From a Credit Writedowns post today, quoting someone named Richard Wiggins from this past weekend's Barron's:
Only 15% of gold is used as a monetary metal; the rest of it is used as a commercial metal, and that use, particularly as a corrosion-resistant electrical conductor for semiconductors, is declining. Regrettably, it is a soft, semi-useless metal with very few industrial applications.
Of course, the above is BS. Gold's use is as a store of wealth. The largest gold importing country, India, primarily bends gold a bit and people wear it as "jewelry"--but it is basically a wearable form of bullion.
Gold's use as a monetary metal is intrinsically part and parcel of its limited industrial uses. Thus, its pricing is insulated from economic cycles and is determined by the perceived usefulness or debasement of paper/base metal "money".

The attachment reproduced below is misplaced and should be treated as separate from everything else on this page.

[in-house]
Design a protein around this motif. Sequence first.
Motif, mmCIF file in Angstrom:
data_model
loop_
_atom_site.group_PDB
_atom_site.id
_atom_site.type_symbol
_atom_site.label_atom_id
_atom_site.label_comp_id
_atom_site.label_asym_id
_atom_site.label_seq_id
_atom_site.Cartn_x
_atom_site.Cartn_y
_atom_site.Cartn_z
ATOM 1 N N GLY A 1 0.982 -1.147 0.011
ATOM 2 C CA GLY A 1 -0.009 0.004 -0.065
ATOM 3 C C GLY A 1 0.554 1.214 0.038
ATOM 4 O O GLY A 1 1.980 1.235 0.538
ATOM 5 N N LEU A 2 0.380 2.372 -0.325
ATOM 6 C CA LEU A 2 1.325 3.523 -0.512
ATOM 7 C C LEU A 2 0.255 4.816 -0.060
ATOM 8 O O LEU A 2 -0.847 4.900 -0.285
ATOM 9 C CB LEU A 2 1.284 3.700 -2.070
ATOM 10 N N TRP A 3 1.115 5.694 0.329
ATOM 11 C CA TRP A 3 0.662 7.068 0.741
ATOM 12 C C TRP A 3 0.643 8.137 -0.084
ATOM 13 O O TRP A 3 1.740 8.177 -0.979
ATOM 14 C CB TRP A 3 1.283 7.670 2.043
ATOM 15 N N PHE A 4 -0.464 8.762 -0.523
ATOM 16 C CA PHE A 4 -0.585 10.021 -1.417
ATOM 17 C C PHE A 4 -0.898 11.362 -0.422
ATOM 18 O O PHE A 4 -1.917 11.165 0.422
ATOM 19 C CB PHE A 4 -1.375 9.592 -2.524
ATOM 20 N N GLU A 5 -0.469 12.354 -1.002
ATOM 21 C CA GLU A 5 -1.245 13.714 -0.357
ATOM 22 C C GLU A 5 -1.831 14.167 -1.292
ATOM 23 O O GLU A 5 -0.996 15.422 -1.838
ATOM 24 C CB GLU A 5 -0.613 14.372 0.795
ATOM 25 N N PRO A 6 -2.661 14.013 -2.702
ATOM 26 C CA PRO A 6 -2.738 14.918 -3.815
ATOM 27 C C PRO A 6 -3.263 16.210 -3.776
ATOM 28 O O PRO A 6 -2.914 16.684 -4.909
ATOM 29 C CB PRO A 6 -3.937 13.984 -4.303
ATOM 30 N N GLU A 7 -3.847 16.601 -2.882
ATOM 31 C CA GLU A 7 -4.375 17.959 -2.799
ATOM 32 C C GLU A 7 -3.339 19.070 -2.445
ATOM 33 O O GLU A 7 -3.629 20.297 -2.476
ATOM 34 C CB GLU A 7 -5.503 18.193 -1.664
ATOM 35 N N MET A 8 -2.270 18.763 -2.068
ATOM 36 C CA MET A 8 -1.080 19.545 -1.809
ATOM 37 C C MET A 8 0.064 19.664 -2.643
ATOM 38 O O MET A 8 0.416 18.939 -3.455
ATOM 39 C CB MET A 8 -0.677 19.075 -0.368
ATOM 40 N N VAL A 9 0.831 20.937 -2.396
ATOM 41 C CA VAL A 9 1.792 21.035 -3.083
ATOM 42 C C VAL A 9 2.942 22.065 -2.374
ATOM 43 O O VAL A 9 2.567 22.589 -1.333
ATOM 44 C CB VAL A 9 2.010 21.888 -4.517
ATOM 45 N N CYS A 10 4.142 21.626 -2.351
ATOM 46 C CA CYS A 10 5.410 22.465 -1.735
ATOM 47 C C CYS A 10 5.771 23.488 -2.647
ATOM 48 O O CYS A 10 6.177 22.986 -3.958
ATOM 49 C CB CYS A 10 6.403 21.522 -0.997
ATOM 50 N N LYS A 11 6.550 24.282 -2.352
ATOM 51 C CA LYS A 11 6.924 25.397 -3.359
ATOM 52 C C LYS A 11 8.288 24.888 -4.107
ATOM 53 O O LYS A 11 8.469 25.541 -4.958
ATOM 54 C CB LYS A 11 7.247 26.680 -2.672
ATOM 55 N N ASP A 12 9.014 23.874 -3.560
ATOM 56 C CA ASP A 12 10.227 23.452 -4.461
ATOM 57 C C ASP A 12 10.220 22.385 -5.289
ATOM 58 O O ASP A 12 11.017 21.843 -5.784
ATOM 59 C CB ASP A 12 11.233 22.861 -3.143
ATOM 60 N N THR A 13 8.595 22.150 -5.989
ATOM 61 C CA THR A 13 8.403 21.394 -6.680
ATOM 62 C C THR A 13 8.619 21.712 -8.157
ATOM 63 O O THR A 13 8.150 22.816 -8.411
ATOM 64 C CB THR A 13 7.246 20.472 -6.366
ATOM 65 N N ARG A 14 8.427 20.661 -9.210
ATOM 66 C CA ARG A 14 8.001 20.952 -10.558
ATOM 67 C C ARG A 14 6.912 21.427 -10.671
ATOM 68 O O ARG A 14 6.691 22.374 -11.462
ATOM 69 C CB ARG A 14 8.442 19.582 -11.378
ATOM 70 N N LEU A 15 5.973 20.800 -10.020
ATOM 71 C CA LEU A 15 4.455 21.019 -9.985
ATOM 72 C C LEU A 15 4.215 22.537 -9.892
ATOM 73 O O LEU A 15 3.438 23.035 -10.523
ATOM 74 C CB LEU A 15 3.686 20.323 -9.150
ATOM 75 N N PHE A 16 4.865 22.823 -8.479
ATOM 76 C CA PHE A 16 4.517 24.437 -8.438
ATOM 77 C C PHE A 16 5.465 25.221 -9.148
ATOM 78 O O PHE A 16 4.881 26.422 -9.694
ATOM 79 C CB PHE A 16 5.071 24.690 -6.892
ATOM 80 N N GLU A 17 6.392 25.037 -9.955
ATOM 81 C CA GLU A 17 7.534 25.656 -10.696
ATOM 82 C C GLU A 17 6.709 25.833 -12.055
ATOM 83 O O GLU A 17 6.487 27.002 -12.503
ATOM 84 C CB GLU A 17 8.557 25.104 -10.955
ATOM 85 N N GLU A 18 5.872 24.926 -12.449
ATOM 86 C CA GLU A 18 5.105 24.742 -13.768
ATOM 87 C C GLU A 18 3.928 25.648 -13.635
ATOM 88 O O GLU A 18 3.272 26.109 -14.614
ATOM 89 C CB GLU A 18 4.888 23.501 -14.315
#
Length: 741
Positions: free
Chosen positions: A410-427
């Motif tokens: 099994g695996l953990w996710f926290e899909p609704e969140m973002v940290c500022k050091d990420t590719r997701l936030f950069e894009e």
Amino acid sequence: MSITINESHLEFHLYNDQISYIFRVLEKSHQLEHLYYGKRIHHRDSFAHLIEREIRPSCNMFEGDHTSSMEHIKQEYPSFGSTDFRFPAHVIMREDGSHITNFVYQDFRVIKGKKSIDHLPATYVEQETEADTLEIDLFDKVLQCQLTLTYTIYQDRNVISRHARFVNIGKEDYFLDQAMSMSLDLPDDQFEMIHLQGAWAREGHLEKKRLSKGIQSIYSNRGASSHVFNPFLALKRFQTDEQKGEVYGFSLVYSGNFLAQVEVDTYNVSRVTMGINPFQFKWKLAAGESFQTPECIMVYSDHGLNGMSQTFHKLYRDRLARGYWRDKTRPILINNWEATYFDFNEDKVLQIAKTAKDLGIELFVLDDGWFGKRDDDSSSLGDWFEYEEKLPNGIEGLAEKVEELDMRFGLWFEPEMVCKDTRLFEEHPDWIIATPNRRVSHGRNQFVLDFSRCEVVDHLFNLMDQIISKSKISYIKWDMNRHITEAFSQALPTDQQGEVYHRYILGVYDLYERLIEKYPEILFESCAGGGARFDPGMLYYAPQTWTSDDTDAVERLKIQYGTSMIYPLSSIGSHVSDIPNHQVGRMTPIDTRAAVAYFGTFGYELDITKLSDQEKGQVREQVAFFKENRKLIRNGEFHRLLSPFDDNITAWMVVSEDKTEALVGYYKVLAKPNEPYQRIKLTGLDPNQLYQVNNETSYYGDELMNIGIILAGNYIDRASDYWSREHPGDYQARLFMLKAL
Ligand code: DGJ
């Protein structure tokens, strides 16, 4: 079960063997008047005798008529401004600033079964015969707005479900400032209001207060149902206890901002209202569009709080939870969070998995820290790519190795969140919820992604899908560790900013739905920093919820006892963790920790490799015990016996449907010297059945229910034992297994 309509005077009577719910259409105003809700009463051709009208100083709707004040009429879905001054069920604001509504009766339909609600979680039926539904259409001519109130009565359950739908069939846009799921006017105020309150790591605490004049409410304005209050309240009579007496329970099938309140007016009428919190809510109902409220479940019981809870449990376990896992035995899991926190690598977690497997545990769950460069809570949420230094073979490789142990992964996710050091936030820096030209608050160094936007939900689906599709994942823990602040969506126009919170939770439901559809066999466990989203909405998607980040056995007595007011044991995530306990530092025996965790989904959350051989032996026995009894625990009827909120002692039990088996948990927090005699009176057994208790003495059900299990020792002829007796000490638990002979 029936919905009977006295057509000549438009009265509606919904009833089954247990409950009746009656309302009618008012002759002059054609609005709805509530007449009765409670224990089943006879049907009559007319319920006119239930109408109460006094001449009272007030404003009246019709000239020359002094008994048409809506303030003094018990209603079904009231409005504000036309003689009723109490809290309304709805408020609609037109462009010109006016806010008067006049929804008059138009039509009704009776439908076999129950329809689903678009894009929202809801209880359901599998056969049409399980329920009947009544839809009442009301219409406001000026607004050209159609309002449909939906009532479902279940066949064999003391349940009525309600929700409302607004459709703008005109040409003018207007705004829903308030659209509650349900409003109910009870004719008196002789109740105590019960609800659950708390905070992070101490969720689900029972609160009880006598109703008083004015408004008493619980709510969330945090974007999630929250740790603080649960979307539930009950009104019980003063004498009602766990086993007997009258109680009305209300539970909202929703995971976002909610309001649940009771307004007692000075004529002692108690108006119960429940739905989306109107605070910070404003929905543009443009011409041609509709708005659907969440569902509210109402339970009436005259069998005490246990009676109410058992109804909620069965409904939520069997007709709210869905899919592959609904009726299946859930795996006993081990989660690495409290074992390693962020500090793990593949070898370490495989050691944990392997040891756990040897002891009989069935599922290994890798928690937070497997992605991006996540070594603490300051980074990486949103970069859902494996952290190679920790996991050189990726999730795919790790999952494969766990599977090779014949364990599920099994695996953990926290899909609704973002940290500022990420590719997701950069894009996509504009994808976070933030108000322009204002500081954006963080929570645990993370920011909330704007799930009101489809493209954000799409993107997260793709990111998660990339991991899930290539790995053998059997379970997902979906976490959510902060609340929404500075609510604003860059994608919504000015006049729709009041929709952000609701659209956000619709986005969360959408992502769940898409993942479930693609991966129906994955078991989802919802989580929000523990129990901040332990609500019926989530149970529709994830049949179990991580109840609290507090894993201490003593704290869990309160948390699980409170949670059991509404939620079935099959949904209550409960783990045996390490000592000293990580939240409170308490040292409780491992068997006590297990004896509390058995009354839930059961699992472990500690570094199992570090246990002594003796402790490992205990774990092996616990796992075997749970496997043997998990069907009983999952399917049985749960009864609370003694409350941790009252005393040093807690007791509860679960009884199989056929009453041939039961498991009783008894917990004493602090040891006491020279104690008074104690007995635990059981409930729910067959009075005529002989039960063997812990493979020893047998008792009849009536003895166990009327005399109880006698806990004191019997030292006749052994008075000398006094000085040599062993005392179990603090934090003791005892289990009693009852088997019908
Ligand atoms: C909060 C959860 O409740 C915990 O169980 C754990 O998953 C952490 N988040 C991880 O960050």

Mr. Wiggins' use of the term "regrettably" gives his game away.
More likely his major regret is that personally, he didn't get long gold when the getting was good.
The more I see this sort of low-quality attack on gold, the more I am inclined to overlook for now the growth in gold-dispensing ATMs for the trading part of my precious metals portfolio and go with the major trend.
Gold has more industrial usefulness than Federal Reserve notes or the alloys that we use as coins, all of which are more useful than the electronic entries we accept as money.
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